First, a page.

Note: The changes discussed in this post are only applicable when running Visual Studio on Windows 8, there are no changes to functionality on Windows 7.
In order to understand why profiling functionality is different on Windows 8, I need to start with a brief overview of the profiler’s implementation. Once you understand how the profiler was implemented in Visual Studio 2010, the behavior differences on Windows 8 should make more sense.
All versions of Visual Studio through 2010 rely on a kernel mode driver to collect data. The driver was originally developed for CPU sampling so it can register for a callback based on CPU clock cycles (the default is 10 million cycles) in order to sample at a regular interval. Data collection for .NET Memory Allocation, and Concurrency profiling were then also integrated into the driver. Instrumentation profiling is a bit different because it does not rely on the driver for the instrumentation data, but it does use the driver to calculate application time (you’ll see why this is relevant below).
The profiling driver was registering for the callback in a way that interfered with a Windows kernel operation; and Windows 8 added a security feature that detects when non-operating system code registers for a callback in this. When this condition is detected, Windows does a bug check that results in a blue screen since the operating system can no longer trust the integrity of the kernel. However the supported way to register for the CPU cycle callback does not allow the callback handler to inspect information about user processes due to security concerns.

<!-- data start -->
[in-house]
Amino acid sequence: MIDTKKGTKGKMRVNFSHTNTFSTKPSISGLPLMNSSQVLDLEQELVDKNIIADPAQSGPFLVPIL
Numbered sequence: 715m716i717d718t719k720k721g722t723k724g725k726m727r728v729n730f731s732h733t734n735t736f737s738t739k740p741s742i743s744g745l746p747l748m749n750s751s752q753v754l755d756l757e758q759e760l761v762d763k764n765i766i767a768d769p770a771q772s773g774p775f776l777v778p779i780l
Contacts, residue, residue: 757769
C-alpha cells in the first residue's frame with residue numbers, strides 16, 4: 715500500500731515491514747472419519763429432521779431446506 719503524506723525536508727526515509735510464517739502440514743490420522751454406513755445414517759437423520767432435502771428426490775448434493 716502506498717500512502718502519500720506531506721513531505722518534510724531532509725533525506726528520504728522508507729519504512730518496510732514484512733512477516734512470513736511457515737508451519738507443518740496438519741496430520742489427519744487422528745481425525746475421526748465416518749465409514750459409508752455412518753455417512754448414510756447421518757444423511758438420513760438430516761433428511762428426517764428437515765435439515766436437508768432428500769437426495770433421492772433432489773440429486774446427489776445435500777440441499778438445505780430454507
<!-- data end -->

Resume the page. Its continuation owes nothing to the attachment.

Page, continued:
Since the driver was now at odds with the enhanced security model we needed to move away from the driver to the new capabilities of Windows added since the driver was first created for Visual Studio 2005.
Unfortunately, given the need to rewrite the collection and analysis components we were not able to release an update to Visual Studio 2010 to fix the issue. Since customers don’t want to blue screen their operating system, Windows 8 added logic to prevent all incompatible versions of the profiling driver from starting (2010, 2008, and 2005).
This means that when you try to start profiling with an incompatible version you will receive the message “Error VSP1398: The monitor was unable to start the VS performance driver. Access is denied. Consider using the /Admin:Driver,Start and /Admin:Security options of VSPerfCmd from an elevated environment.”
Which will result in the following behavior when running Visual Studio 2010 (or earlier) on Windows 8.
In Visual Studio 2012, we had to stop using the now incompatible driver for CPU sampling and instead use ETW (Event Tracing for Windows). However the move to ETW required a complete rewrite of the collection and analysis components for sampling, which unfortunately due to resource constraints meant we did not have time to add all of the existing sampling functionality to the new implementation. This has the following impact when profiling on Windows 8:
Hope this information is useful to some of you and please let me know if you have any questions.